Column: Global Ghoul: The Troll King

By Dale Carothers

Karlsson, Kolbeinn. The Troll King. Top Shelf Productions (May 2010). USD $14.95. ISBN: 978-1-60309-061-2.

The Troll King by Swedish cartoonist Kolbeinn Karlsson is peopled by cherubic beast-men. Some of them are hirsute. Some of them are green, with stubble and black afros. And some of them are carrots. And though they ripple with fat, we’re never given the impression that they are anything but healthy, vital men of the forest.

None of them have names. They don’t need seem to need them, so I’ll just refer to them as “they”.

The story is broken up into four narratives, blending together into a psychedelic ending that suggests that everything is connected.

The first story focuses on the hirsute men. They look like monsters, but their large, blue eyes suggest a deeper, inner world of peace and harmony. The go through their daily rituals, saluting the sun by flexing the muscles that lie under their shiny, brown fur, brushing their teeth and carb-loading on pasta. Their brotherhood is everything to them and it culminates in a woodland fertility ceremony. They don wreaths and masks, and dance before a burning green monolith to the delight of a creature that is somewhere between an anthropomorphic mole and a carrot-nosed Cousin It.

This creature may be the Troll King. It’s never explicitly stated, but he’s present at all of the major events – and in all of the stories.

The fertility ceremony ends when the hirsute men grow pregnant and birth their babies through their only available orifices. And yes, there is some homosexual subtext here (though it may be closer to supertext), but it’s all focused on taking masculinity to its furthest point. There is simply an absence of women – they don’t fit into the story and the men are left to procreate on their own.

The second story is short, trippy and has the least to do with the rest of the book. A man sleeps and dreams of a bizarre adventure through the woods. He’s plagued by images of gore and violence, until he’s eventually transformed into a sphinx-like creature and ridden to the moon. The Troll King makes an appearance – and the green, stubbly men with afros play a significant part in his story – but it feels like filler. The Troll King is confusing enough without this diversion.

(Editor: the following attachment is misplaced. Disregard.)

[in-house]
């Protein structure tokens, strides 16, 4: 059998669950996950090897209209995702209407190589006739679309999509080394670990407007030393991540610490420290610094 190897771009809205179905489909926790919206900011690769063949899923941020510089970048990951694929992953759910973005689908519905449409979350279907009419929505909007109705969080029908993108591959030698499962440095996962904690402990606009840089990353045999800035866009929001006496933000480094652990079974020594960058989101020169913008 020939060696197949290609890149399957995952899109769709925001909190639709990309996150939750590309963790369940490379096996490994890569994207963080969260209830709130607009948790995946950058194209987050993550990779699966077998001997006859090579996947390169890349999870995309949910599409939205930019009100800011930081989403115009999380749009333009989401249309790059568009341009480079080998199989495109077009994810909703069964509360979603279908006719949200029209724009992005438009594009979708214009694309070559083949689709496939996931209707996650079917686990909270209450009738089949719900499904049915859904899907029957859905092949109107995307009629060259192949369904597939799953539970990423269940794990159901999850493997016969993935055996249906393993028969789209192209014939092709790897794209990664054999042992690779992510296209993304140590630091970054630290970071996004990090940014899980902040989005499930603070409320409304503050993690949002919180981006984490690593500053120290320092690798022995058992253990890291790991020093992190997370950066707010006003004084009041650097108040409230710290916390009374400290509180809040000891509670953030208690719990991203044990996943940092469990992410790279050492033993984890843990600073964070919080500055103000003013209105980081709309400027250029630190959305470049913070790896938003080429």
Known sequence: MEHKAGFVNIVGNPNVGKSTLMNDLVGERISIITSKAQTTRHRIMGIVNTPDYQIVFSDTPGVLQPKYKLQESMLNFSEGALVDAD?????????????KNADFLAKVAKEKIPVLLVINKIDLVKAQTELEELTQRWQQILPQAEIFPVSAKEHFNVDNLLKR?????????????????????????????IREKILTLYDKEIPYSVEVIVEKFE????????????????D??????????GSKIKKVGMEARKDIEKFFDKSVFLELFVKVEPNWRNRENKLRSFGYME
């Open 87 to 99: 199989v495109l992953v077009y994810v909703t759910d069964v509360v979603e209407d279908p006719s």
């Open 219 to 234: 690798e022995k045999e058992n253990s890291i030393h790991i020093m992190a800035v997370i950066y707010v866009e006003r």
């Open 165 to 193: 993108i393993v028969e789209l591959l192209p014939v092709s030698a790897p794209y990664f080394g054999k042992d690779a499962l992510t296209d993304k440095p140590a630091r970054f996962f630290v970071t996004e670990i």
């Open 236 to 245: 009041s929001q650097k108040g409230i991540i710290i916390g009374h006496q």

The third story is also short and, at first, seemingly meaningless, but it gets woven into the narrative later on. A fat carrot-man enters a bathhouse and takes a dip in the steaming water. Roots grow from his body until he becomes a mighty tree. Not a carrot tree, just a tree. The growing roots don’t cause him any pain, and he accepts the transformation with grace and dignity.

Karlsson’s art is much like that of James Kolchalka. Fat lines and simple characters, but drawn with a care that belies their simplicity. The world is much the same. And Karlsson uses his fat, squiggly lines to illustrate the texture of rocks, trees and mottled skin to great effect. The colouring is flat and basic, but it works. Lots of primary colours that, at times, make Karlsson’s art look like it’s been coloured by children.

The fourth story stars the green, stubbly men with afros. They wander the woods: nude, fat and playful, and reveling in their camaraderie. They come upon a skull, which bears a striking resemblance to the heads of the hirsute men. They plant the skull in the ground. After the seasons pass, it grows into a new green man. And here the story veers off course into several useless and random pages depicting the violence of the Wild West. The story comes to a stop. Even though I’ve read the book a few times, I can’t figure out why Karlsson included this section.

After the diversion, we return to the hirsute men. They raise their children, showing them the ways of the forest, the ways of manhood and strength. But soon, the boys grow into teens, rebel against their fathers, and leave to build a life of their own.

The final section of the book is a rapid-fire stream of images, blending all of the characters together, showing their connections – in the microcosmic ecosystem of the story.

And in the end, we see the Troll King. Observer. Manipulator. Totem. This last image tries to tie the story together – the Troll King is the common thread throughout the book, but his presence isn’t strong enough to unify the story.

The Troll King blurs the lines between fantasy and indie comics. And though Karlsson has a distinctive voice and style, there isn’t enough to The Troll King to create any real connection to the story.

The Troll King has a 5 out of 10 chance of waking Cthulhu from his eternal slumber.

You can buy The Troll King from Amazon.com.